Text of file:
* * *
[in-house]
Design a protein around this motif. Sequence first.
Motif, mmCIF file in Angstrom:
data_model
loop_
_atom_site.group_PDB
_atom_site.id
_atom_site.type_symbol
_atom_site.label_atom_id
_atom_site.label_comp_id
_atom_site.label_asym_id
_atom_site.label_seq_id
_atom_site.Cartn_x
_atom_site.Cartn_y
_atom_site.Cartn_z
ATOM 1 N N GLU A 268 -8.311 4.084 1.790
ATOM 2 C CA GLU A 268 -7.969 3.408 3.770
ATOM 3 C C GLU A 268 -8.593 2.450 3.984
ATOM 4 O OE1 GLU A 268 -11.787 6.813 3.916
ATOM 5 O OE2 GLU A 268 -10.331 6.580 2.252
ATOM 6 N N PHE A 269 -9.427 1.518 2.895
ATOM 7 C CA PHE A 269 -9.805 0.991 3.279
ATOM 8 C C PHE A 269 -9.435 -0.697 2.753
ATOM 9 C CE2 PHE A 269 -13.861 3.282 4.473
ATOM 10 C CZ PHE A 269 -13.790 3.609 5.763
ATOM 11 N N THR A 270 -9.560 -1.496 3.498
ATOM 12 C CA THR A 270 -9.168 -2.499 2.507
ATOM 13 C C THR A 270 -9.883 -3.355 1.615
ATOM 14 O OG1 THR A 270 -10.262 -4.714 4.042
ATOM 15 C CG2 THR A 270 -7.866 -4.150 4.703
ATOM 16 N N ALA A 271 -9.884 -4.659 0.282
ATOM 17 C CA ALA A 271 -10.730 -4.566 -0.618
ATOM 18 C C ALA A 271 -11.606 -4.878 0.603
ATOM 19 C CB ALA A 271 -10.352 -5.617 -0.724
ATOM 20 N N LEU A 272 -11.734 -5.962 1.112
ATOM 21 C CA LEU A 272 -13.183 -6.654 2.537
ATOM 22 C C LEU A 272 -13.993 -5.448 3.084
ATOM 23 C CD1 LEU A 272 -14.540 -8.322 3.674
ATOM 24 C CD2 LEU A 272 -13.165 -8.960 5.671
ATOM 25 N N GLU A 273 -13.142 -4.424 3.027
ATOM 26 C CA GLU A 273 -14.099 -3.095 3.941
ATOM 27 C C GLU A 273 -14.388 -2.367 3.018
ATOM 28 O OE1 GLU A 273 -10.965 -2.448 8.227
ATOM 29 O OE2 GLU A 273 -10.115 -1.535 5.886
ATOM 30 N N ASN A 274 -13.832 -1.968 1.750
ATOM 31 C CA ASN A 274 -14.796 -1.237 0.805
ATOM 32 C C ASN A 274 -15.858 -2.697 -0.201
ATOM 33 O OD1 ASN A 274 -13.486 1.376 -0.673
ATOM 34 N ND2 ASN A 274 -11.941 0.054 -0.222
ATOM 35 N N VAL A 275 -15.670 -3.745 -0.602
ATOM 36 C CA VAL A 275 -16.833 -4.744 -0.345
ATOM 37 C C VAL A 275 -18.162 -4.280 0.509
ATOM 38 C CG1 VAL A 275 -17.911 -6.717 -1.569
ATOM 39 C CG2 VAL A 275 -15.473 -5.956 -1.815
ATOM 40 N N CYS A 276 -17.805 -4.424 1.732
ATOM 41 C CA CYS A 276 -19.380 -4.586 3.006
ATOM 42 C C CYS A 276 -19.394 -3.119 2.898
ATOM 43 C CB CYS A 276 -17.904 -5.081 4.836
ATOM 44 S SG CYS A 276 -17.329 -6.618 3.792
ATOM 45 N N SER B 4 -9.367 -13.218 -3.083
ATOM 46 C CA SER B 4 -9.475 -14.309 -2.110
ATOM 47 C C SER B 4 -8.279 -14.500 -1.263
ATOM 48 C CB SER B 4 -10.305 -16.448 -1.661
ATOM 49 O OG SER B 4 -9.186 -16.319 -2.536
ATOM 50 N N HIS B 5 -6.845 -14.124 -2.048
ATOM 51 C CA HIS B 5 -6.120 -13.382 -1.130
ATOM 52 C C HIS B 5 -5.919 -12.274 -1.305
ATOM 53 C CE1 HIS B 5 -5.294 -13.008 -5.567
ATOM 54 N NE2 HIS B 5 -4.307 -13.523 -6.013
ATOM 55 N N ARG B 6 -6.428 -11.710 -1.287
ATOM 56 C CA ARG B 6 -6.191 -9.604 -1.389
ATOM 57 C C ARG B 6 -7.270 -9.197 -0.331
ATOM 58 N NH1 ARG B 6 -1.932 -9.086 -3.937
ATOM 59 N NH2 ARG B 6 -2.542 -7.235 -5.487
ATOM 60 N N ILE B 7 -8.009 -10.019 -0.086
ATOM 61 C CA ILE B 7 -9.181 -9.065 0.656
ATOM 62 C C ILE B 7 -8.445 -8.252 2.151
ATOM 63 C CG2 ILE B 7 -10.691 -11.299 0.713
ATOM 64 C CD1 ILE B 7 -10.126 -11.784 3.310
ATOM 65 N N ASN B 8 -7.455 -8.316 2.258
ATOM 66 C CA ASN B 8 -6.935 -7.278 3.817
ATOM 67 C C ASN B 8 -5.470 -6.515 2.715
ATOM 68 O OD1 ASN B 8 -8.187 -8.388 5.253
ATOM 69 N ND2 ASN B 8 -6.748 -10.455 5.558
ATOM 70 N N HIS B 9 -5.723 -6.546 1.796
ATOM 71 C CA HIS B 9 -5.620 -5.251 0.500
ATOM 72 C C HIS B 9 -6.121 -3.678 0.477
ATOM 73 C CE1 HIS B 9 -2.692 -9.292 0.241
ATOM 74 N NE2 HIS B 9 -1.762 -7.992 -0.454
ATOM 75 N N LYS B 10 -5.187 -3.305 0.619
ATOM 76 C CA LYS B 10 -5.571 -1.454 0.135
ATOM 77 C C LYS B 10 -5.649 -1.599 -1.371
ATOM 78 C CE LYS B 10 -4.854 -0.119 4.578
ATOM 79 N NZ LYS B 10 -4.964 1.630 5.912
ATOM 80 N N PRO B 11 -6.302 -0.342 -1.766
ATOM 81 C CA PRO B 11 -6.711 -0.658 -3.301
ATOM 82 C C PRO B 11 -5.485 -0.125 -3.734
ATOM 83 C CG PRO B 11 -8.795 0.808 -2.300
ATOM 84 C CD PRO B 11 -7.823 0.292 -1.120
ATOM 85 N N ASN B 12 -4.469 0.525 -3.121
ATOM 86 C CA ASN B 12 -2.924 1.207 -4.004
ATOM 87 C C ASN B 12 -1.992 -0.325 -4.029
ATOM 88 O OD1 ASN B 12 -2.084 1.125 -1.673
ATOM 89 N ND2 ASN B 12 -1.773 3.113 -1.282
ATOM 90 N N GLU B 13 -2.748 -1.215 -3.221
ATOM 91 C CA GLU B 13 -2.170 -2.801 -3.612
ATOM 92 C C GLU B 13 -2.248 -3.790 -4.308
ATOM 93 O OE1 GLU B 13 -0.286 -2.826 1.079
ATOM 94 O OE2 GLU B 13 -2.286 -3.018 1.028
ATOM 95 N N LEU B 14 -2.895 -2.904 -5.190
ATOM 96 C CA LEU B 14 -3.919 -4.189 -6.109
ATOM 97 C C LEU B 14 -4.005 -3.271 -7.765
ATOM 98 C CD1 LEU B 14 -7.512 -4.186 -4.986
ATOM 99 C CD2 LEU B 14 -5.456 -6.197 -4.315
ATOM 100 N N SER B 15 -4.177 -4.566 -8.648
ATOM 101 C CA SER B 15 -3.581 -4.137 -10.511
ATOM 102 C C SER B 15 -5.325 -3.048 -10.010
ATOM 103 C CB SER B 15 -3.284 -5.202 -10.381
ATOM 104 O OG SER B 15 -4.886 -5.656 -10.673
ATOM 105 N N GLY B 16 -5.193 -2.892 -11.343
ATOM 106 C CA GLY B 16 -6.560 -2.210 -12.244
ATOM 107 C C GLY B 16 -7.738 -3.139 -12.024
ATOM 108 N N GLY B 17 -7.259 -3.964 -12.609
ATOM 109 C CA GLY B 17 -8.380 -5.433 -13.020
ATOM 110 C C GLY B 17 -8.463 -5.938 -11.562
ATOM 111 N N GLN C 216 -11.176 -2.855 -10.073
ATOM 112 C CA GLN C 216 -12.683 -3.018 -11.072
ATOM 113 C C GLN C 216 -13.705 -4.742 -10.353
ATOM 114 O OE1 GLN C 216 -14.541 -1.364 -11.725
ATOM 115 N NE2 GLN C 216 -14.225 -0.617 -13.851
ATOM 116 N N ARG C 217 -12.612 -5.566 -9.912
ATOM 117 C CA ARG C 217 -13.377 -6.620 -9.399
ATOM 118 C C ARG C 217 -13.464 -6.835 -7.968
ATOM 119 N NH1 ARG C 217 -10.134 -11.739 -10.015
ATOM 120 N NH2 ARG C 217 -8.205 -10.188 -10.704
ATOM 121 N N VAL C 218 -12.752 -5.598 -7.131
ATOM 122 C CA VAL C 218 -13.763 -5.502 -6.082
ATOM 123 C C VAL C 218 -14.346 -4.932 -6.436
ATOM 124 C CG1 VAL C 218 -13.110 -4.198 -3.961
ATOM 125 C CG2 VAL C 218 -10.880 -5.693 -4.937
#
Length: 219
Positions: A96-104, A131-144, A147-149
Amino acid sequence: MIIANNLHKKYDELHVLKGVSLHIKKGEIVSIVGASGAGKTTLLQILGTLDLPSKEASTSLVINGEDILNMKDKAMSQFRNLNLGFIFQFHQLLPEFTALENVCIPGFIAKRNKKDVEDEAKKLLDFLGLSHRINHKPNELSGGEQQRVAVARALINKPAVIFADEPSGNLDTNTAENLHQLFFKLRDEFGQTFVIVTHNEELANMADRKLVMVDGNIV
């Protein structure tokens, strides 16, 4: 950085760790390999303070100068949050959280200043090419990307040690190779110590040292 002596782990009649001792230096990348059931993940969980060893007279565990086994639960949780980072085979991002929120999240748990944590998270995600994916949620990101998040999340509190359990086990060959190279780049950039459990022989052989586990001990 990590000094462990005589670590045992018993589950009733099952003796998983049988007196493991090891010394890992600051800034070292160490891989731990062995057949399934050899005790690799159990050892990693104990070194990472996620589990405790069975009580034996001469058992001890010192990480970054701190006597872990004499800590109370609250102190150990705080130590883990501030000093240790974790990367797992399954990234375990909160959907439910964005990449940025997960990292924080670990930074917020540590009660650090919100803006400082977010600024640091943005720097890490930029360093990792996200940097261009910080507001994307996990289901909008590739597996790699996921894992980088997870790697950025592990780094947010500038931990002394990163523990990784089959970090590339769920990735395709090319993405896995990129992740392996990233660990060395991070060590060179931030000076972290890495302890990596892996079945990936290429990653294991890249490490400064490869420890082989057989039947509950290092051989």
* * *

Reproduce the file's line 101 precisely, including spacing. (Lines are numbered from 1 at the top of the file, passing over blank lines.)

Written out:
ATOM 86 C CA ASN B 12 -2.924 1.207 -4.004